WID’s Randolph Ashton, assistant professor of biomedical engineering, is the new associate director for UW–Madison’s Stem Cell and Regenerative Medicine Center.
The Wisconsin State Journal, as part of its feature highlighting stem cell research at UW 20 years after James Thomson’s discovery, highlights WID researchers Randolph Ashton and Kris Saha.
A paper published in eLife this week by an interdisciplinary team at WID describes new methods for reproducibly manufacturing brain and spinal cord organoids with strict control over morphogenic and developmental processes.
UW researchers led by WID’s Kris Saha join the National Institutes of Health’s Somatic Cell Genome Editing Consortium with a major collaborative award.
A team of researchers is developing a new approach for maintaining open blood vessels in the wake of surgeries such as angioplasties or bypasses.
Investigators from WID are among the recipients of the latest round of UW2020 awards.
The scholarship recognizes promising undergraduates who plan to pursue a PhD or MD/PhD followed by a research career in engineering, mathematics, or the natural sciences.
Biomedical engineering professor and Discovery Fellow Kristyn Masters and colleagues identified the early stages of a process that may eventually cause aortic stenosis, a severe narrowing of the aortic valve that reduces blood flow to the body and weakens the heart.
In August 2017, Randolph Ashton received almost $800,000 from the National Institute of Neurological Disorders and Stroke, part of NIH, to continue a five-year research study of Lou Gehrig’s disease (amyotrophic lateral sclerosis, or ALS), after successfully completing its first phase.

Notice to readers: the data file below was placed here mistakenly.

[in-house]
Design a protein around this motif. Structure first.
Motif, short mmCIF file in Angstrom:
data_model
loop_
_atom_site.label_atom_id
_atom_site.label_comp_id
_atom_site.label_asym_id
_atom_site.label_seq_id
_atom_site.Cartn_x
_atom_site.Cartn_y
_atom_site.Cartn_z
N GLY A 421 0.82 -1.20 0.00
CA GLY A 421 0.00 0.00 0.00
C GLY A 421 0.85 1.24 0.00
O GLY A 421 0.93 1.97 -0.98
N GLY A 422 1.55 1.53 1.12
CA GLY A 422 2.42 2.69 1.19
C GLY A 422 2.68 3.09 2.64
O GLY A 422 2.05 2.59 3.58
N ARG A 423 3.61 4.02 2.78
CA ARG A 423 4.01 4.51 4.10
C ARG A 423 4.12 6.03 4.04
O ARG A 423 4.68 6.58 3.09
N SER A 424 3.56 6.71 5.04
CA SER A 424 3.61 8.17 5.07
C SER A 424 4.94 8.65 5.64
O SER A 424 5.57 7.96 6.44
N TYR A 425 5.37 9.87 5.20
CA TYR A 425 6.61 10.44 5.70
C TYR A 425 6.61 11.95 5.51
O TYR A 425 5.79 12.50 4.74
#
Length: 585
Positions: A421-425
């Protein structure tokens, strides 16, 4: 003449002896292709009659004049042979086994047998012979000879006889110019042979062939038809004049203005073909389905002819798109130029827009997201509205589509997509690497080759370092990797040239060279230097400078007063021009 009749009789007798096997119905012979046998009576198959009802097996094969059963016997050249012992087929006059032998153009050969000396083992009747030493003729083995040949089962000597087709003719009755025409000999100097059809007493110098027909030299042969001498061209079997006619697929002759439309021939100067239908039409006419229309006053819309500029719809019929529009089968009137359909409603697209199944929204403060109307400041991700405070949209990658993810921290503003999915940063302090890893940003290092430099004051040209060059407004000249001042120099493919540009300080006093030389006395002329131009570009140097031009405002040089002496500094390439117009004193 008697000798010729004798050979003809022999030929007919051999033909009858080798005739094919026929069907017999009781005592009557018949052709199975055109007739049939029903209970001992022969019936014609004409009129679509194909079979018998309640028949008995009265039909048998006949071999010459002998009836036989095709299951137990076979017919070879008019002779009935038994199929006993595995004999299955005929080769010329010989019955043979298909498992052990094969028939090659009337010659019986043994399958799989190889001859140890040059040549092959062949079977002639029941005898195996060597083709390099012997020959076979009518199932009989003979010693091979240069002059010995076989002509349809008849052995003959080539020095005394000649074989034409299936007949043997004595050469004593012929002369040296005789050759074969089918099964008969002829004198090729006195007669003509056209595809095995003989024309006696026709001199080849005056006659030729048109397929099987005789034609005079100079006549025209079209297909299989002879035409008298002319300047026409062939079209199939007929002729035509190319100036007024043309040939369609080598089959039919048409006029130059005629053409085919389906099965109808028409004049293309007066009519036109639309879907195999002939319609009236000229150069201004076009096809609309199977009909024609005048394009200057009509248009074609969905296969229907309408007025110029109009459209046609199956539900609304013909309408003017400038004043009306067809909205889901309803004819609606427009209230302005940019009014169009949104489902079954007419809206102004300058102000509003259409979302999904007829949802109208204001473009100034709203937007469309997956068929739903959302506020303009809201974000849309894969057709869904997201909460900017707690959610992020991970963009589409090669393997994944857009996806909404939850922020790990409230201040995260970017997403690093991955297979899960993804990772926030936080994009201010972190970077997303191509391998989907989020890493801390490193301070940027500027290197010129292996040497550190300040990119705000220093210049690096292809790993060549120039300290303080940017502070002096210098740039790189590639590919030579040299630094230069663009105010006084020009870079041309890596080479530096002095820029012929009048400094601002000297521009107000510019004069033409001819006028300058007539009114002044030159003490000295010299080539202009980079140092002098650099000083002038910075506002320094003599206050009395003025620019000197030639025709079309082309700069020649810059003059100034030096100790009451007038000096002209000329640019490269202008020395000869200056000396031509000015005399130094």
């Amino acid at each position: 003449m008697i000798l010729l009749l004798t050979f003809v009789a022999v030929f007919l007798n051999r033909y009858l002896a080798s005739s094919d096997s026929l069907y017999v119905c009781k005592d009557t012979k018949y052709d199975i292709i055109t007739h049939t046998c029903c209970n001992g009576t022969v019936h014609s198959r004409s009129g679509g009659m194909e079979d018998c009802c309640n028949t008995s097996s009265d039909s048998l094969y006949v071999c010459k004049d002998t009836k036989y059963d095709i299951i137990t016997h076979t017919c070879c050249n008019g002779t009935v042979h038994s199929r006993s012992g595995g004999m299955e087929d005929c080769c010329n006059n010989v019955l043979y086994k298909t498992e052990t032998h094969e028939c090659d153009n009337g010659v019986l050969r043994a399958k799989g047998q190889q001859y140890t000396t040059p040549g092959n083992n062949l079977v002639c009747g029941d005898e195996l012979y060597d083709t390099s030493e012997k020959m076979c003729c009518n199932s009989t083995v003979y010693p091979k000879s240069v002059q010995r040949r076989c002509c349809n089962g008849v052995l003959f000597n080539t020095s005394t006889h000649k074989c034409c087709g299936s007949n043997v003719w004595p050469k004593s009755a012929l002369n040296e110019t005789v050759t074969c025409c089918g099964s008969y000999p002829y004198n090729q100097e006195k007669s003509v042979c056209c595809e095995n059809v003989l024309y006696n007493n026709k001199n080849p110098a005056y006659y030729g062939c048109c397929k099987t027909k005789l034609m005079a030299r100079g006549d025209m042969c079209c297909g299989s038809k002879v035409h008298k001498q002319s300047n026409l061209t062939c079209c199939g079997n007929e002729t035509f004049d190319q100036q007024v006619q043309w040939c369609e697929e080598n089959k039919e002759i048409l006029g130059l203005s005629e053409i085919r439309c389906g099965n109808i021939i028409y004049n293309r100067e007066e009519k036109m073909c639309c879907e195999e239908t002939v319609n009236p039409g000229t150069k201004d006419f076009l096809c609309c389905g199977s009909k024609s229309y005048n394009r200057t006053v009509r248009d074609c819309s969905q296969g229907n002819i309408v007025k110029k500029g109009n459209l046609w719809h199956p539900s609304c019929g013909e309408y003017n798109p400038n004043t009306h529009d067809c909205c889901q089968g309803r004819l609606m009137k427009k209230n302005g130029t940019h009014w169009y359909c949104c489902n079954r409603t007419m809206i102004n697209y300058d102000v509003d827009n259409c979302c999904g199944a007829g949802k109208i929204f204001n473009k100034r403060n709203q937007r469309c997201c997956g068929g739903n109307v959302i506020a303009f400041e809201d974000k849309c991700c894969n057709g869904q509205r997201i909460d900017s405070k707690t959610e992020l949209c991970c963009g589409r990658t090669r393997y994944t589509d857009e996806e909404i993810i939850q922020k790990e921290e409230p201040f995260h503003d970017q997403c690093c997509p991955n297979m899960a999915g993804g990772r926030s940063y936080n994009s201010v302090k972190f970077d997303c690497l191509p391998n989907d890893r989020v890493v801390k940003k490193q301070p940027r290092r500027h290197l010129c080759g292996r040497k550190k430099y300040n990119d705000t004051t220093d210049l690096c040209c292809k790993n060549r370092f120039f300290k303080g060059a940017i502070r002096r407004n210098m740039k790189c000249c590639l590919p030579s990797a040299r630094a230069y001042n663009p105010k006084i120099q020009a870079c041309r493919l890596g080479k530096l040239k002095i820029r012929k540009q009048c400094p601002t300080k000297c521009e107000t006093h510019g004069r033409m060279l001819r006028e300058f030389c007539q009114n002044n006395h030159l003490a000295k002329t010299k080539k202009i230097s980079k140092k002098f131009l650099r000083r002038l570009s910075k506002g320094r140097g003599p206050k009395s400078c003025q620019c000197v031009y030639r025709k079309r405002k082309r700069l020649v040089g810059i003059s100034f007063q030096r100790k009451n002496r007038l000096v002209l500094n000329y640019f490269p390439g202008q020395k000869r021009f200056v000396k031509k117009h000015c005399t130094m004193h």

The National Science Foundation has awarded nearly $20 million to a consortium of universities to support a new engineering research center that will develop transformative tools and technologies for the consistent, scalable, and low-cost production of high-quality living therapeutic cells. Several WID investigators are collaborators on the project.
The main scientific focus of the lab is in defining how the epigenome controls cell identity. We want to know how non-genetic information controls functional specialization of a cell and use this knowledge to direct efficient conversion of desired cell types with the ultimate goal of improving stem cell based therapy.
By bringing together stem cell biology, genome engineering, and biomaterials expertise, the Saha lab generates new tools for use with human-induced pluripotent stem cells to ask unique questions about human biology and disease.
The Turng lab works with injection molding and innovative plastics manufacturing processes (such as microcellular injection molding / MuCell process), pioneering materials (biobased polymers, nanocomposites, electro-active polymers (EAPs), etc.), and intelligent modeling and process control (computer-aided engineering (CAE), numerical simulation, design and process optimization, intelligent injection molding control, and Internet-based collaboration) to advance the science and manufacturing techniques surrounding tissue engineering scaffolds.
The Ashton Group is working to understand, model, and recapitulate in vitro the instructive signals utilized by human embryos to pattern tissue-specific differentiation of pluripotent stem cells, and apply this knowledge towards the rational design of tissue engineered scaffolds and other regenerative therapeutic strategies.